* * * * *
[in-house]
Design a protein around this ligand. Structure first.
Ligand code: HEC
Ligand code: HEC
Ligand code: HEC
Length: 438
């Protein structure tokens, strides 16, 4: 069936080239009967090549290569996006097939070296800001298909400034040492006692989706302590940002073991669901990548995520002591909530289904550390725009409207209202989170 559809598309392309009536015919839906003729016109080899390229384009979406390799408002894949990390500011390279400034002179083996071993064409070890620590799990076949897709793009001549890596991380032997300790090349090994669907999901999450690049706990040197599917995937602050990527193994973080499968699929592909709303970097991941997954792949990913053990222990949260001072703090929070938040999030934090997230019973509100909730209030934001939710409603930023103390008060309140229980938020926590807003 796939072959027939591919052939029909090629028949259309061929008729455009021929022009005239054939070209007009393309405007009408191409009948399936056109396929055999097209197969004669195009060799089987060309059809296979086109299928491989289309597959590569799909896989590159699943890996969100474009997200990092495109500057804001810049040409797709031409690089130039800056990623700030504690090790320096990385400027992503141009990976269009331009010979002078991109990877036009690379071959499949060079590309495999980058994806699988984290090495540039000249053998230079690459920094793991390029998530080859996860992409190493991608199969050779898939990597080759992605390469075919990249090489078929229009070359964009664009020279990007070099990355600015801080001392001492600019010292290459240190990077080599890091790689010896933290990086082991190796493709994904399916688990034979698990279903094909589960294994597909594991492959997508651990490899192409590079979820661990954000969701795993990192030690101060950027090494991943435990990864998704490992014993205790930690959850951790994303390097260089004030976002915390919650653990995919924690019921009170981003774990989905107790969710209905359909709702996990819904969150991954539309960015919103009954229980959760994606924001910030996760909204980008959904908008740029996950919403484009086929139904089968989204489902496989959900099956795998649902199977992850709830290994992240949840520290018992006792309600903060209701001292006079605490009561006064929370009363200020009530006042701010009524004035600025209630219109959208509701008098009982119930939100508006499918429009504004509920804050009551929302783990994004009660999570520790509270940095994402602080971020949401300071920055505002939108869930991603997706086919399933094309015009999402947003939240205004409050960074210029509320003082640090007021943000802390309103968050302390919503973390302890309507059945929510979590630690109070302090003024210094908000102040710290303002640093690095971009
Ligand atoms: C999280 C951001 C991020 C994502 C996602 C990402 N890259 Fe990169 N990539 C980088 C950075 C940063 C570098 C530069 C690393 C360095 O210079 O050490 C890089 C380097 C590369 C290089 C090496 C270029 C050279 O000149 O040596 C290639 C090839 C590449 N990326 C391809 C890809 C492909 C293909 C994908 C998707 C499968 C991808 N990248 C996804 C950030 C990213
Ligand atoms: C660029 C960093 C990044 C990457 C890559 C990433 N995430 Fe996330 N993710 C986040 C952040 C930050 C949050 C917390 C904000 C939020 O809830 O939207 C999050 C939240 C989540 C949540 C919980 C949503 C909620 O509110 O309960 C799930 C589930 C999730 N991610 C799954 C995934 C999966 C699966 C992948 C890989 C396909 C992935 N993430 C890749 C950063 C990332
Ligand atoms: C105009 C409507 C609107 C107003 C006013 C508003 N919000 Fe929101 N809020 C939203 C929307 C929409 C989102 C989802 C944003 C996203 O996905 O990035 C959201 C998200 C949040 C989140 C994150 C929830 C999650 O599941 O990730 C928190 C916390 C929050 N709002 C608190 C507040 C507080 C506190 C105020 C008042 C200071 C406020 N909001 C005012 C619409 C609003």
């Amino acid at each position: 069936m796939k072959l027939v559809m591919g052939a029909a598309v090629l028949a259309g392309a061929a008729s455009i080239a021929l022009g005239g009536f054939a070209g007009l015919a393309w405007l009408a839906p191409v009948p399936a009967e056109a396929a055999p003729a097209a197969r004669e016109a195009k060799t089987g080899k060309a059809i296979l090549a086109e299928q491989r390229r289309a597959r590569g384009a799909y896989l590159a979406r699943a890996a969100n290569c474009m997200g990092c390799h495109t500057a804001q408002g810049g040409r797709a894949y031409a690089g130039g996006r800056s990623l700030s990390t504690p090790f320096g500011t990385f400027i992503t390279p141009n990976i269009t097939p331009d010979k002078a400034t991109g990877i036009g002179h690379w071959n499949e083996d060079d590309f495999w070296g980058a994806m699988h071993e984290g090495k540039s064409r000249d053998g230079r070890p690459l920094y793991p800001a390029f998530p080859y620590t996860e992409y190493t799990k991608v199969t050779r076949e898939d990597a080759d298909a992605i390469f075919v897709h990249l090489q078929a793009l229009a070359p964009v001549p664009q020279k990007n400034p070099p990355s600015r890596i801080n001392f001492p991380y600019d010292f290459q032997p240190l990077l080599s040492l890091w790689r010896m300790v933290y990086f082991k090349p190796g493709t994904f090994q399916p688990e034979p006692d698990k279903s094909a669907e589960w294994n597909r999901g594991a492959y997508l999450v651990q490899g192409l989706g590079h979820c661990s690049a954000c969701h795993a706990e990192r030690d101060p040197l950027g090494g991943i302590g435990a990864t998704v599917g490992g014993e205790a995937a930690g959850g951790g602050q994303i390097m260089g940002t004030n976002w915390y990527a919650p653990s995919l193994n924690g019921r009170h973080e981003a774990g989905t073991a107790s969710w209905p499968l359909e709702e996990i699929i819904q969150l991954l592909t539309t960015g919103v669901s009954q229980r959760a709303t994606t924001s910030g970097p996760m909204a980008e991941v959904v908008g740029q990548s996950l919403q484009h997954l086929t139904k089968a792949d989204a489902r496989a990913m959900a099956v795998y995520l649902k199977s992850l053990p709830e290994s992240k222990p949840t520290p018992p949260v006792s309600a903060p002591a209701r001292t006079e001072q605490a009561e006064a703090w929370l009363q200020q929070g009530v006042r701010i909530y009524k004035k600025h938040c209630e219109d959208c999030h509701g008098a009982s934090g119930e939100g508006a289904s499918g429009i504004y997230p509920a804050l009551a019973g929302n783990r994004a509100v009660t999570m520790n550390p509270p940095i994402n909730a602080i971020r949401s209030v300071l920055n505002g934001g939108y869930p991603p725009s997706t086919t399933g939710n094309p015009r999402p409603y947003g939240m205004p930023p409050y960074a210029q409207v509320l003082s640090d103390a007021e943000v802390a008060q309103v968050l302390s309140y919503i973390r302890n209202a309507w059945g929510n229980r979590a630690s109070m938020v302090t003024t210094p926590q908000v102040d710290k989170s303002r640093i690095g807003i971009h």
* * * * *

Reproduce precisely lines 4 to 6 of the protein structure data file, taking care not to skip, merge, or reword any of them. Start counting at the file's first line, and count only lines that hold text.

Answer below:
Ligand code: HEC
Ligand code: HEC
Length: 438